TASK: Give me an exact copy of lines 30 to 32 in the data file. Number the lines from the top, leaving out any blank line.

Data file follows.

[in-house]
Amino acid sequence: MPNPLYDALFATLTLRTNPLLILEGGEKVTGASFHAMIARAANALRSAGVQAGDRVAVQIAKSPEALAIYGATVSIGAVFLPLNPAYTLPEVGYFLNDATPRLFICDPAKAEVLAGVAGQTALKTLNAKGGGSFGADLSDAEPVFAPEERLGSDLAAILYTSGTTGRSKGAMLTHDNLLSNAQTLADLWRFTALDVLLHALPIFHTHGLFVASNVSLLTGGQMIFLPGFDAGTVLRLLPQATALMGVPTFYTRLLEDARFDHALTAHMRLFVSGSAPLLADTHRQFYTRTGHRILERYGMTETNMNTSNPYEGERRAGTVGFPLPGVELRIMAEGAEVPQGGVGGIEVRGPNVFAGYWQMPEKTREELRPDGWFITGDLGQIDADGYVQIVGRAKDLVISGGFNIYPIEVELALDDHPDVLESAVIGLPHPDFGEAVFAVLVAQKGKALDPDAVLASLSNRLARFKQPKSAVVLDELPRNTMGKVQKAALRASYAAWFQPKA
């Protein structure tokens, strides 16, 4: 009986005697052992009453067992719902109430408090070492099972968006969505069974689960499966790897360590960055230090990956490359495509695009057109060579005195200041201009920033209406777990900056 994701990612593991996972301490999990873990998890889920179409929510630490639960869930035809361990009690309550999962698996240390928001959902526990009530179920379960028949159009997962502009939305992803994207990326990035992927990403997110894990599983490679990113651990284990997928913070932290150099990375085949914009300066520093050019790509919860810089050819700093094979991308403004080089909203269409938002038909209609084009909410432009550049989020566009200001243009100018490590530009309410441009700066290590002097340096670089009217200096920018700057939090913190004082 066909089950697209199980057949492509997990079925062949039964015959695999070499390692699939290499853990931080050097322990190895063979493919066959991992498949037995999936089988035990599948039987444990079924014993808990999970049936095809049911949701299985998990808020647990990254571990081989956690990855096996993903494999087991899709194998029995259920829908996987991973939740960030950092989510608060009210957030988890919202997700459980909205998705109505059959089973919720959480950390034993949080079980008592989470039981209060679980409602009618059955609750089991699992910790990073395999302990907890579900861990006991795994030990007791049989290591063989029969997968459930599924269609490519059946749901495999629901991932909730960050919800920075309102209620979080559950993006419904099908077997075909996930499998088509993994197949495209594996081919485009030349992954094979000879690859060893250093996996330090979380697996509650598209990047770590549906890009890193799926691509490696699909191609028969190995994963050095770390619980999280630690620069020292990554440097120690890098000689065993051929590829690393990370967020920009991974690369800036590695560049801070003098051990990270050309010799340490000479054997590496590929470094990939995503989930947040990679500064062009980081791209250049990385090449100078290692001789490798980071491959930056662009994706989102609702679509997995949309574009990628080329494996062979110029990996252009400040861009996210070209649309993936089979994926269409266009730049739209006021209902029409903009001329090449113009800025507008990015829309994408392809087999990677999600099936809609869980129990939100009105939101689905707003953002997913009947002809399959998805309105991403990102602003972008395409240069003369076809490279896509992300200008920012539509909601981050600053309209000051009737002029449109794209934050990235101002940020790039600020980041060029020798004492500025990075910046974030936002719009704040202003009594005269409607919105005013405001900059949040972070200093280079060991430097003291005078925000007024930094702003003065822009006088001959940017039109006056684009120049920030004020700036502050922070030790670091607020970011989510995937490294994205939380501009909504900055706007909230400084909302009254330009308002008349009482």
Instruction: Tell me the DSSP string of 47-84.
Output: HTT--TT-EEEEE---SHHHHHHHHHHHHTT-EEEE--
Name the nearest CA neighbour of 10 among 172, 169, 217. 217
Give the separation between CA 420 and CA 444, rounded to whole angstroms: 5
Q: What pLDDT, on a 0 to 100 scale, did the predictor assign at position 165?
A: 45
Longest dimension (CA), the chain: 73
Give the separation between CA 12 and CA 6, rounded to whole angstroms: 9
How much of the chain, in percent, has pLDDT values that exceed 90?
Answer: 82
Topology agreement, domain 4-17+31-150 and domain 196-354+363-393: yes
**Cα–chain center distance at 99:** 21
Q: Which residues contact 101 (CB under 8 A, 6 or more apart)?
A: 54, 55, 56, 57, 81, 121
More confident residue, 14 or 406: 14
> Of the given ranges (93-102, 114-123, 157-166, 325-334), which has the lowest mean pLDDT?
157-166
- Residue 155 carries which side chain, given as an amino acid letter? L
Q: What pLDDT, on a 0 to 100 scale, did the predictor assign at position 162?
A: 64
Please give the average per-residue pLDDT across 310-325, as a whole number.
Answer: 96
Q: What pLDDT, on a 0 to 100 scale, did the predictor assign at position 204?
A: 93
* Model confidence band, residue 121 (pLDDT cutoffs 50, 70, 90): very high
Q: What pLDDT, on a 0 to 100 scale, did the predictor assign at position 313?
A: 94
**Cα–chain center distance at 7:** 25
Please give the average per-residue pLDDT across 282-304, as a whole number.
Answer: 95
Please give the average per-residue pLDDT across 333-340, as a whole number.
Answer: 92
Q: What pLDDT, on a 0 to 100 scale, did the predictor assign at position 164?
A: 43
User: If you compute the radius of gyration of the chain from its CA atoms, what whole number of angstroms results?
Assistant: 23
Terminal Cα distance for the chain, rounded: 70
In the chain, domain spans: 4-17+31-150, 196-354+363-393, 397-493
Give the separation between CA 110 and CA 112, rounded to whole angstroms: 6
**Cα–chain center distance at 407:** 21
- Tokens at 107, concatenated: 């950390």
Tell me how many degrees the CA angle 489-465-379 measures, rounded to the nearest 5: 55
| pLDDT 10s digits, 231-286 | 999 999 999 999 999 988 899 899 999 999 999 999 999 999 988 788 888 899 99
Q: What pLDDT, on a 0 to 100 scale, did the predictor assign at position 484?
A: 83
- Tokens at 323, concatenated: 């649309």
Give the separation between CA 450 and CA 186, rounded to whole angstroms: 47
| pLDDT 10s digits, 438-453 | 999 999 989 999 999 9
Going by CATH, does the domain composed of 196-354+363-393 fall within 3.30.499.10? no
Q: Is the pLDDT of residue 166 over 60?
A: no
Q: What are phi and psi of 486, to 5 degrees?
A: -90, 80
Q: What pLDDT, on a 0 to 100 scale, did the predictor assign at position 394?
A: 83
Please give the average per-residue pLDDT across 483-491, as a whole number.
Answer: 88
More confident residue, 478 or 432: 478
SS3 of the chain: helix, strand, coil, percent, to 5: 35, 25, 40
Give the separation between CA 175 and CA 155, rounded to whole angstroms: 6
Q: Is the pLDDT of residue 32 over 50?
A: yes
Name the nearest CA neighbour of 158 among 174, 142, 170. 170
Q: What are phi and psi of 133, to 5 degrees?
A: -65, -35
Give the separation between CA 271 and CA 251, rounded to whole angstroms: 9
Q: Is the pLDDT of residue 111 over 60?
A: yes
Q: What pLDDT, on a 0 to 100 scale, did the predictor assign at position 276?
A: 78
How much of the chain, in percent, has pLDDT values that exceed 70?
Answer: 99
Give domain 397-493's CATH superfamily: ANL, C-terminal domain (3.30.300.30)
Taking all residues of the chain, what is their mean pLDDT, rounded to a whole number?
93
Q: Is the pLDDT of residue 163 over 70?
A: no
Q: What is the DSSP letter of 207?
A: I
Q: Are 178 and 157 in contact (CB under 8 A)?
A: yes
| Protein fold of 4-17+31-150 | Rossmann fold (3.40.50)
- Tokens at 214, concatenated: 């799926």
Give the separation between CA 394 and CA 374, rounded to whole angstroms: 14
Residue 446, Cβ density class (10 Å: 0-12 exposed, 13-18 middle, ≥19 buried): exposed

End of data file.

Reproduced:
A: 94
**Cα–chain center distance at 7:** 25
Please give the average per-residue pLDDT across 282-304, as a whole number.